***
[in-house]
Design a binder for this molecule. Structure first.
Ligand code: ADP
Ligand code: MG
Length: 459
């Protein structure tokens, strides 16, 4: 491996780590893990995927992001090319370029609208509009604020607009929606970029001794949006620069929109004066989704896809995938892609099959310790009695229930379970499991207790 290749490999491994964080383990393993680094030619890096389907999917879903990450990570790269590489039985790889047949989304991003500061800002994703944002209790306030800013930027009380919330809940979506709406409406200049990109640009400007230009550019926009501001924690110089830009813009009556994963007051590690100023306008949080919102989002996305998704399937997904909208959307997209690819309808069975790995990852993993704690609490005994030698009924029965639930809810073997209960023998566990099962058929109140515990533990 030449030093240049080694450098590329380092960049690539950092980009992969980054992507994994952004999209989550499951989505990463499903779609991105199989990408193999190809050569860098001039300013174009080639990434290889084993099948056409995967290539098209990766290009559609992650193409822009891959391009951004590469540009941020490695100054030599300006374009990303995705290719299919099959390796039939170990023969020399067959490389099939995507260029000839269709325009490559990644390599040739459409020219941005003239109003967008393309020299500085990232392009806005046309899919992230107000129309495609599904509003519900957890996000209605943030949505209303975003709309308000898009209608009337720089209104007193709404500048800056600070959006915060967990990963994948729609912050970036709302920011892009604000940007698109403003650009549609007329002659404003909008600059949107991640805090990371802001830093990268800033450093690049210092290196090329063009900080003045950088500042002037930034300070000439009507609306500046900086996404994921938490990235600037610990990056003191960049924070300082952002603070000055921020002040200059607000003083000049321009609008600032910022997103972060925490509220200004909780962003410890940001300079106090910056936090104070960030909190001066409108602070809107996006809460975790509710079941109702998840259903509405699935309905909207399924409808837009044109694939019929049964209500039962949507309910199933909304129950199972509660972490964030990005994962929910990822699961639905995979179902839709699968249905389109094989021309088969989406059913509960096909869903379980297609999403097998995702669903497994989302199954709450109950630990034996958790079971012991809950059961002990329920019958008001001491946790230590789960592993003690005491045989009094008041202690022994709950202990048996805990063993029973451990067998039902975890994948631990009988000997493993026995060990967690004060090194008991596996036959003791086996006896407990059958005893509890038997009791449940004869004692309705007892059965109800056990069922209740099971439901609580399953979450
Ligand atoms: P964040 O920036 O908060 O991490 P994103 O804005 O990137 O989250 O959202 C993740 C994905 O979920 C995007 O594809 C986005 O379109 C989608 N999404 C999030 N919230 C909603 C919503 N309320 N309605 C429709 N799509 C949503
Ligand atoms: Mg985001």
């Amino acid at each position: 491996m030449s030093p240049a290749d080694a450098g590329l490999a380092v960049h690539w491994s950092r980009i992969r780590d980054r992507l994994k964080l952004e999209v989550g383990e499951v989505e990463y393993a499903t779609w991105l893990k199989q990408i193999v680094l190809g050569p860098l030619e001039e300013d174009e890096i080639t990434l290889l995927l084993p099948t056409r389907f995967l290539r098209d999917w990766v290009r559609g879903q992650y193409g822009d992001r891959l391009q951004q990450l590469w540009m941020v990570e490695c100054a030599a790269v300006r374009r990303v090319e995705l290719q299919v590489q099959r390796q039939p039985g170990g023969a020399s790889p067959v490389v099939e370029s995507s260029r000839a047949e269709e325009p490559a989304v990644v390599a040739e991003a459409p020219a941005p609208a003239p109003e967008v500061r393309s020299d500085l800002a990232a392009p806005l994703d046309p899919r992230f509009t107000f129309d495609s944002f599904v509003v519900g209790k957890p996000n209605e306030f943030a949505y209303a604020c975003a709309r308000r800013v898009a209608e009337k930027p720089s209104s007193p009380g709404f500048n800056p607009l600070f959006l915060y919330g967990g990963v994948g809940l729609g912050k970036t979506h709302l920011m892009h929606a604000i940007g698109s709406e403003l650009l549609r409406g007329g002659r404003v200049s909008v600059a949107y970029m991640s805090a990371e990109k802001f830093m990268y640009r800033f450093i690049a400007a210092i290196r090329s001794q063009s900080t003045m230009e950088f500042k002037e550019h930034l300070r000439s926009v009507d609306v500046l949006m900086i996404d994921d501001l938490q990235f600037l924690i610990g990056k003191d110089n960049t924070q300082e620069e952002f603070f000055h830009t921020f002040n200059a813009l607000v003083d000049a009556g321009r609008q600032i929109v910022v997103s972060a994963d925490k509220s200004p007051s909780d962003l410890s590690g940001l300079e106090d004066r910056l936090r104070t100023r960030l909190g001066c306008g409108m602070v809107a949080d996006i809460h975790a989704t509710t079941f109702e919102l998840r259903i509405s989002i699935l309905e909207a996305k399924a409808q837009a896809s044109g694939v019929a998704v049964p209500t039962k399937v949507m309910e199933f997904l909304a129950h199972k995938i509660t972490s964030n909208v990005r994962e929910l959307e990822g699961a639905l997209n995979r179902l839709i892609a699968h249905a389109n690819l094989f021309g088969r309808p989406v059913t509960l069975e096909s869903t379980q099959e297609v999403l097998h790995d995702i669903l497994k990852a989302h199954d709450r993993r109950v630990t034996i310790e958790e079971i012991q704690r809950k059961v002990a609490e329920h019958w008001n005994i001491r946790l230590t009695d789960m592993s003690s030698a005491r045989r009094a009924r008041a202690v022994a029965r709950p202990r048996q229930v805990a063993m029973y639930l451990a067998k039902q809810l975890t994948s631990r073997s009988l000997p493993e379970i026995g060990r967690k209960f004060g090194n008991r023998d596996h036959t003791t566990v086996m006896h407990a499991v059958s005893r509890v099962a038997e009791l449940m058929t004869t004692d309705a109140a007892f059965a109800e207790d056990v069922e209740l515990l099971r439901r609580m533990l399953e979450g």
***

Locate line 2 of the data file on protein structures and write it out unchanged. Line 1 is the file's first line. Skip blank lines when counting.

Design a binder for this molecule. Structure first.